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Dave Houghton Interview

by John Ward

Zimbabwe's cricket coach half the year -- Worcestershire's coach the other half -- not to mention Zimbabwe's premier batsman at the age of 39. Dave Houghton is undoubtedly one of the busiest and most influential professionals in world cricket today.

On his return from England, Dave spoke about his recent season there. It had started disappointingly, with Worcestershire losing all interest in the one-day competitions early on, and in the championship failing to win any of their first five or six matches. Injuries had played a significant part: he lost two of his front-line bowlers early on, with Gavin Haynes failing to appear at all and Phil Newport appearing only for the first three games. With Worcestershire in the process of rebuilding their team, this left Stuart Lampitt as the only experienced bowler in the side. Tom Moody, the Australian who is currently Worcestershire's captain, bowls good, lively seam, but early season is too cold for his back, which does not allow him to bowl freely until about July onwards. He did have the benefit of a young bowler they had signed from Leicestershire, Alamgir Sheriyar, who was really learning the ropes in his first full season. With such an inexperienced bowling attack, they had a poor first half of the season, and at one stage they were 17th out of 18, without a victory. Finally came a really good win against Somerset, where they scored about 450 in over a day to win the match; this signalled a change in fortunes, so that, of the final ten games of the season, they won six, lost two and drew two. Their final position was seventh, and so the season ended with optimism and enthusiasm in the county, as they had brought on a young team which was coming through well.

Graeme Hick lost his Test place halfway through the season, but from Worcestershire's point of view this was an advantage in that it meant many more runs in the top of the batting order. Dave commented that Graeme would be the first to admit that he felt physically and mentally jaded at the start of the season, after playing for so long with so little rest. He did make a couple of early centuries, including a double-century for the county against the Indians. But he then lost form for a couple of months in the middle of the season; quite justifiably he lost his place, as he was not scoring runs at the time. Those who replaced him did quite well, so it was simply a matter of current form.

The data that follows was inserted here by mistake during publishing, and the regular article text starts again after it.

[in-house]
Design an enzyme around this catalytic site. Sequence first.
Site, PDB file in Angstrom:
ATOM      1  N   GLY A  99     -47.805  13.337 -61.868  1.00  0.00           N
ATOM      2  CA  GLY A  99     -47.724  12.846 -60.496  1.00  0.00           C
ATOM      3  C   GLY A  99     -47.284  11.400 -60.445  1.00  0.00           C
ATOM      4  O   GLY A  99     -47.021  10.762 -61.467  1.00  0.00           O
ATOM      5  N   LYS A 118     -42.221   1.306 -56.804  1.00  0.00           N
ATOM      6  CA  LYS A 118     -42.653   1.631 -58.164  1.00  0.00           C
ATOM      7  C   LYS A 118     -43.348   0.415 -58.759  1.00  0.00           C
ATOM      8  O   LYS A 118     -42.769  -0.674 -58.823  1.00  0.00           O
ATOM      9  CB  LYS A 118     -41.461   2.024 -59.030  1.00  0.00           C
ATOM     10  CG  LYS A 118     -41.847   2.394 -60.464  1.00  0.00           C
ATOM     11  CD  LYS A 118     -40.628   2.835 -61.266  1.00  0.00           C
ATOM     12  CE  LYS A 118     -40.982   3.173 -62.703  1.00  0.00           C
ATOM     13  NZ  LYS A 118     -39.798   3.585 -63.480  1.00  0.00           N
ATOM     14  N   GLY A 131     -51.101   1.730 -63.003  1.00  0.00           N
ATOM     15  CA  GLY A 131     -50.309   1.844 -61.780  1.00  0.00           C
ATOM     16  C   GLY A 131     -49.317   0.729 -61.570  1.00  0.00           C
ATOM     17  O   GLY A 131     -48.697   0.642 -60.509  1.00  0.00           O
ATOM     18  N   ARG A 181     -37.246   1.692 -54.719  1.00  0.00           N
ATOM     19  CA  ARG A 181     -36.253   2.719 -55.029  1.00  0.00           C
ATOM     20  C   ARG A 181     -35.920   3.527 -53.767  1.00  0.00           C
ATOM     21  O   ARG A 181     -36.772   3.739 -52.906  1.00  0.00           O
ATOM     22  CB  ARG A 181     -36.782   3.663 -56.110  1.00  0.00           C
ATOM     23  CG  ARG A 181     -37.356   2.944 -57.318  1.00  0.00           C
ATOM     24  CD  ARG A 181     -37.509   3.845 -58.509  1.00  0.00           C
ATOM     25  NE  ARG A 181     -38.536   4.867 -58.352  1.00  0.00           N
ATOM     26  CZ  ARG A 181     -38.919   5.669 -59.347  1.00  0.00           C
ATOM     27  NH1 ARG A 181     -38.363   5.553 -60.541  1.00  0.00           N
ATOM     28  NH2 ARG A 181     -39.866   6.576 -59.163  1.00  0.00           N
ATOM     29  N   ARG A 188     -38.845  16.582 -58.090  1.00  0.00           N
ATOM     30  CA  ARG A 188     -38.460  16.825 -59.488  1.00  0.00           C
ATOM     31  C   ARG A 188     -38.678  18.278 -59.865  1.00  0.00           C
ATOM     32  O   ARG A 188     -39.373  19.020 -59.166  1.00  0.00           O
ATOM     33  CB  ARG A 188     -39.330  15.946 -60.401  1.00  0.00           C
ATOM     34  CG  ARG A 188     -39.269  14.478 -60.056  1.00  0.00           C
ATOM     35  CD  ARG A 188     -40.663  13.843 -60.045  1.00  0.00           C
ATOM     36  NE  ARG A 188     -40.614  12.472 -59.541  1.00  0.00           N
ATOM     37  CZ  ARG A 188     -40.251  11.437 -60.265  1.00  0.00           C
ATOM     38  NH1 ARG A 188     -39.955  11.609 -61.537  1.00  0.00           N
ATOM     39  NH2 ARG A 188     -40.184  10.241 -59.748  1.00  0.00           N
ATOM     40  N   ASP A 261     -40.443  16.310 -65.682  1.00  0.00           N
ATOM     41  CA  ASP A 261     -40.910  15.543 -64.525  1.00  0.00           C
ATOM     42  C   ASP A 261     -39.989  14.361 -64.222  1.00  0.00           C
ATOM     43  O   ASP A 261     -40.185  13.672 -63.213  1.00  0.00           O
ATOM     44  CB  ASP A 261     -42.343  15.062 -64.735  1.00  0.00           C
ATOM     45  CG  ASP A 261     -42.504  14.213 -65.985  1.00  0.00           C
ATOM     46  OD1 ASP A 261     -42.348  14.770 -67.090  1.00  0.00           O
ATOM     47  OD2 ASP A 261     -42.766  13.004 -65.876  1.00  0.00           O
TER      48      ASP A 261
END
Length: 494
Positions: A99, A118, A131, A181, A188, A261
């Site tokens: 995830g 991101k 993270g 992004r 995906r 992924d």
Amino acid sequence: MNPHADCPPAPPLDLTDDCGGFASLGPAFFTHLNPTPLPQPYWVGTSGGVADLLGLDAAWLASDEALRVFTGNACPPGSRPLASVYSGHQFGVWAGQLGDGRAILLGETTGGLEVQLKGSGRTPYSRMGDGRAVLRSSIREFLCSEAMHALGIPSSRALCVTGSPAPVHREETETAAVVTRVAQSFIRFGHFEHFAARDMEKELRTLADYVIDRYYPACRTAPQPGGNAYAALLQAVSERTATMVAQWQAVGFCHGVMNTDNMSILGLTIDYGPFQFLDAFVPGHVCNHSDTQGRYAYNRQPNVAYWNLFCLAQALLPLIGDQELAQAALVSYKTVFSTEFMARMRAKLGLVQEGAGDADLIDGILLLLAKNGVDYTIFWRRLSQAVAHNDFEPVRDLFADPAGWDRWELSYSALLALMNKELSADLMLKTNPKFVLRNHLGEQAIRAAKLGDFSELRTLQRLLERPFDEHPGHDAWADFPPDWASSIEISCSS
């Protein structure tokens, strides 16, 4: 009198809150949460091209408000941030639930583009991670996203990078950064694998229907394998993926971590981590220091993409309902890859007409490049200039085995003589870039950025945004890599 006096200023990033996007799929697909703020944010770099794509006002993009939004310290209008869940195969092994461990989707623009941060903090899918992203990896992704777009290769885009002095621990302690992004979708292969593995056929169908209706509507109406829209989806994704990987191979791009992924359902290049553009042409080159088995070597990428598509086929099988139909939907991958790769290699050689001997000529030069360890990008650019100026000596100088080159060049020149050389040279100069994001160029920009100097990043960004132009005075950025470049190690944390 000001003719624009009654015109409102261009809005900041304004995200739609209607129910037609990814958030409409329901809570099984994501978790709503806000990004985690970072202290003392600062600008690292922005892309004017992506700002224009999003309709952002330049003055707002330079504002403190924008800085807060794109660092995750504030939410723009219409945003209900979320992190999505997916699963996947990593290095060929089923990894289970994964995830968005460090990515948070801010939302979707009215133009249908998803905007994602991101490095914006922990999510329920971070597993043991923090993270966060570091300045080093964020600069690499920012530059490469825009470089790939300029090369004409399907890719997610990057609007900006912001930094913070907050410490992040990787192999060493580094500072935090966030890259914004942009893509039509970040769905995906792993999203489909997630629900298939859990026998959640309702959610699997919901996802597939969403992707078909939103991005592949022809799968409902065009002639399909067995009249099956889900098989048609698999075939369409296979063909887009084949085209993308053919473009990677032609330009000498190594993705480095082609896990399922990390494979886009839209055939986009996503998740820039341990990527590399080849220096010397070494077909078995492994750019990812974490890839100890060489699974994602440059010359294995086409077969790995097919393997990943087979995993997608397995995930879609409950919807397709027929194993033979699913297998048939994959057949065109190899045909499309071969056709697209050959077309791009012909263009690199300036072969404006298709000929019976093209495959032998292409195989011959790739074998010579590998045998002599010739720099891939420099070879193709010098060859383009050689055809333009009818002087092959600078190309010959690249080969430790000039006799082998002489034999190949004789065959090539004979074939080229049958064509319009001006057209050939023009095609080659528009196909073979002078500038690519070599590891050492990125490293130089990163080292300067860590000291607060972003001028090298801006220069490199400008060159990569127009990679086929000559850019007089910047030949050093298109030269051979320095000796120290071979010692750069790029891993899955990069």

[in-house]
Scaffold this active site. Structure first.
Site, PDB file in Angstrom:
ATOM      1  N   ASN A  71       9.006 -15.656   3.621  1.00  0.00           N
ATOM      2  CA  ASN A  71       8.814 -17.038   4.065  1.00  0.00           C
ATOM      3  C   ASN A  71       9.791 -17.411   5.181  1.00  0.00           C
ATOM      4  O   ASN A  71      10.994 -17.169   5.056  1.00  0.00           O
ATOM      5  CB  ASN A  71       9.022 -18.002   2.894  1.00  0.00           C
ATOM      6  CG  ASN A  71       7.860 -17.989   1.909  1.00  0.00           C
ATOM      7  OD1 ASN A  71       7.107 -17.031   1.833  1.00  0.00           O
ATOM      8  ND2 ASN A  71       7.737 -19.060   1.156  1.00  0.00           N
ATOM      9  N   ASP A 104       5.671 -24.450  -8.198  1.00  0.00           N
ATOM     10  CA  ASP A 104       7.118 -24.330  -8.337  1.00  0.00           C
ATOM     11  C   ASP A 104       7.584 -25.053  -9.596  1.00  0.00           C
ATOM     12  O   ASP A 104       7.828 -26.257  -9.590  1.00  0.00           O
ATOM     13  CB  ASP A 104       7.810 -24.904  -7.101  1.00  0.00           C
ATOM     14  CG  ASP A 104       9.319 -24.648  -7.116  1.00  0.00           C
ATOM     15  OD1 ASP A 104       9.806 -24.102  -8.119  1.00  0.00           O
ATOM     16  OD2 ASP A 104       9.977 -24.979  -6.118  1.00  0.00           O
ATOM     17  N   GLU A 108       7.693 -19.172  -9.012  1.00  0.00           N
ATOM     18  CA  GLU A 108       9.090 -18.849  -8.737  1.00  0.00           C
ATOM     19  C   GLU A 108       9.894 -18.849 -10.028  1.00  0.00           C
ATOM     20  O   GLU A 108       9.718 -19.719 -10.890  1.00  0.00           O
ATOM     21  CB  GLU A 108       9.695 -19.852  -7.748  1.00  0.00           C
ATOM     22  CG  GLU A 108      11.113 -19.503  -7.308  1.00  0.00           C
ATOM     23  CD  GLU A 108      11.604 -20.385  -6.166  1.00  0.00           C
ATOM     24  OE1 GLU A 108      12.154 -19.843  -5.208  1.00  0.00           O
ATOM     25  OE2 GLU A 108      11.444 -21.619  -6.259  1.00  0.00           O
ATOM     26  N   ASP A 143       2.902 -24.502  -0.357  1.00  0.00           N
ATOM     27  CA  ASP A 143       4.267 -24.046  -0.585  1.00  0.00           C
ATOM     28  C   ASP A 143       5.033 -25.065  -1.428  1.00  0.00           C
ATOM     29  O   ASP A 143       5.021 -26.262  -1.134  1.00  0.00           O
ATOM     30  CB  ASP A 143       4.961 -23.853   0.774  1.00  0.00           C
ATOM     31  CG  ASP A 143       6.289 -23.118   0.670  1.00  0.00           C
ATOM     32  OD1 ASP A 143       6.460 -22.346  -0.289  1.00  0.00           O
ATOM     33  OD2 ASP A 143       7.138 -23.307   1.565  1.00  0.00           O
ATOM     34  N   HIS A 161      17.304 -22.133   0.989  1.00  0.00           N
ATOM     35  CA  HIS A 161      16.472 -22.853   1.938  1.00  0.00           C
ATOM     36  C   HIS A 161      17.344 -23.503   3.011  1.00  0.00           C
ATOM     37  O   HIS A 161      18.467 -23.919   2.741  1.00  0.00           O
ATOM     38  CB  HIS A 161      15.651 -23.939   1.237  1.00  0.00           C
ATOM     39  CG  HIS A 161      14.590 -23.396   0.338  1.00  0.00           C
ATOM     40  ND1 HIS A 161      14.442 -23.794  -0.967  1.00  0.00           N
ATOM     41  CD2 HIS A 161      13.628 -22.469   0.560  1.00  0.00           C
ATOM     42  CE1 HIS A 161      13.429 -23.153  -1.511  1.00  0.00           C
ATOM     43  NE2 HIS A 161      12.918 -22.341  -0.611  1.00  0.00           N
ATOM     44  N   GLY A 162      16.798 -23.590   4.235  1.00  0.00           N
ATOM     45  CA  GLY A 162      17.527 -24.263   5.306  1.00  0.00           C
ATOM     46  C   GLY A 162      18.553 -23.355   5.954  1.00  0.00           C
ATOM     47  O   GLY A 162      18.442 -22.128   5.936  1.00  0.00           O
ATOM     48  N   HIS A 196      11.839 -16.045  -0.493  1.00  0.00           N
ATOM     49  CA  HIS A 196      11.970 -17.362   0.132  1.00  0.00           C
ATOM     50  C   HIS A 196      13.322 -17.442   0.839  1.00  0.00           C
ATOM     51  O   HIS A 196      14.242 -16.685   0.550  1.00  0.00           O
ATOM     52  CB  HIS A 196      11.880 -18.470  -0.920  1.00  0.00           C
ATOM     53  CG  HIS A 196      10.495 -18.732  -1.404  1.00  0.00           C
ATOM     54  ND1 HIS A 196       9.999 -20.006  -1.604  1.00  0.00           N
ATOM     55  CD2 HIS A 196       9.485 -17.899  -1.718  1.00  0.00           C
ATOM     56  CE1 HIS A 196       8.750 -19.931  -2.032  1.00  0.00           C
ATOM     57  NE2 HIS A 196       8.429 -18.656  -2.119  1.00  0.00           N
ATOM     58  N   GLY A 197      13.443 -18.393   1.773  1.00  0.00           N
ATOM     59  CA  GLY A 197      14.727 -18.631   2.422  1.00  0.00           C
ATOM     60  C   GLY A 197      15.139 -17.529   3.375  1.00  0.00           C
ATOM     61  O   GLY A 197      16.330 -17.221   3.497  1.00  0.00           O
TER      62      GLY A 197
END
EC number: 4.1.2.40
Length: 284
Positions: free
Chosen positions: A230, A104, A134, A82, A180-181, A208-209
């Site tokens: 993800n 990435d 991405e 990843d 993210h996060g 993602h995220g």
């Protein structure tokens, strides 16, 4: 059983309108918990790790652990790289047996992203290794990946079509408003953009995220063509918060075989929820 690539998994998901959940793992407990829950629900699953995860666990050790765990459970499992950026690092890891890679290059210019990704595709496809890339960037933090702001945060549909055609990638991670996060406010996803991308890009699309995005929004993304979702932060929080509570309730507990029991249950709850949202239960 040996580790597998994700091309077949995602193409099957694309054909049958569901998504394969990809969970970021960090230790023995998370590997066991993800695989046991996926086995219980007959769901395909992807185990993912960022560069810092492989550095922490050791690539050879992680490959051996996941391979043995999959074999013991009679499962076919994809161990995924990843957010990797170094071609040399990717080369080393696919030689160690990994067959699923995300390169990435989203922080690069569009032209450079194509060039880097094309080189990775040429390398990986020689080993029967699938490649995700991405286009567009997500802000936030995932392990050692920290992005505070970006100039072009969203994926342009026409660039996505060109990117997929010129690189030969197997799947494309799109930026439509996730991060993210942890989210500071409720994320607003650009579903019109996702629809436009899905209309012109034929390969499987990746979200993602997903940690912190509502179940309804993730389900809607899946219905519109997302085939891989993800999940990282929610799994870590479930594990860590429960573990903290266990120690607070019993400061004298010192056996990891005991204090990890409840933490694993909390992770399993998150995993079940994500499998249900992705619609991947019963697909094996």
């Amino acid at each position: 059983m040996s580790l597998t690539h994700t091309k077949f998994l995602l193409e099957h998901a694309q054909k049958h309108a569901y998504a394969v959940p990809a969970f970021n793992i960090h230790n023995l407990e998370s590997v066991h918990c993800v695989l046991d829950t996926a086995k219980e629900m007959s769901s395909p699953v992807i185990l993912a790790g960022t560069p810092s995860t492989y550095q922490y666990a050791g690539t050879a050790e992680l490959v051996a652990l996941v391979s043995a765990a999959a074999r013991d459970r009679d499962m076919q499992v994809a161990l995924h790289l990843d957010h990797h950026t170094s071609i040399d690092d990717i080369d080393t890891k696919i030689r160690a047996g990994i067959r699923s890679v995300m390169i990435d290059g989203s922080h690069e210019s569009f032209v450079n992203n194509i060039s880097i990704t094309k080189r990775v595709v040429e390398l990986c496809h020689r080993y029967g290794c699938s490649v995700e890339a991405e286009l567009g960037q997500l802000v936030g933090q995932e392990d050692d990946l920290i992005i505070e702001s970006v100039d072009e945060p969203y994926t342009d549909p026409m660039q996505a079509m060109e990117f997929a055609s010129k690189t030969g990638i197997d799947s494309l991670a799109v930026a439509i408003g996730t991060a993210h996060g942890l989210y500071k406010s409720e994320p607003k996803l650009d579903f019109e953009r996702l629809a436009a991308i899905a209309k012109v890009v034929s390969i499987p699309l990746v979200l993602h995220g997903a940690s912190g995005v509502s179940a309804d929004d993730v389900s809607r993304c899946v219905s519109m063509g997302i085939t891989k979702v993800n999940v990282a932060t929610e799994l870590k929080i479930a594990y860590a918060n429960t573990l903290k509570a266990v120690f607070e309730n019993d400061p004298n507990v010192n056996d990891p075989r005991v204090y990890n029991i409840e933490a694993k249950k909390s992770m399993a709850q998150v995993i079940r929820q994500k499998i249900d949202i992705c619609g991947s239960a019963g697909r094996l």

Towards the end of the season he began to score heavily again for Worcestershire, but the winter off, despite lucrative offers from Western Province and two New Zealand provinces, should do him a power of good. He will enjoy a good rest without picking up a cricket bat in anger until the start of the 1997 English season, when he will hopefully return with his batteries fully recharged. He had very much hoped to be included in the England touring team to Zimbabwe and New Zealand, but he also realised the need to have some time away from the game. He did finish the English season in good spirits and still has high hopes of regaining his England place. Knowing Graeme and how hard he works, Dave said, he will probably start training seriously and get himself more fit than he has been for a long time in preparation for the visit by Australia. Those in current form will obviously be at an advantage when the England Test team is selected, but the English tend to change their team around very quickly in home series, especially if they are not winning, so he is clearly in with a chance; he must just see that he is ready to take the opportunity when it arises, and then score the runs.

Graeme currently has 90 first-class centuries, and will probably be the next batsman to pass 100 centuries, a very select group which does not yet contain a player born in Africa. The more he plays for Worcestershire, the quicker he will get there, as he dominates county cricket very easily; the end of next year should see him close. Although he is obviously aware of records, he is very much a professional cricketer: he gets in and does the job on the day and if it leads to a century, well and good. If he reaches 100, he likes to go for 200; he is one of the cricketers who is clearly very upset with himself if he gets out for 150.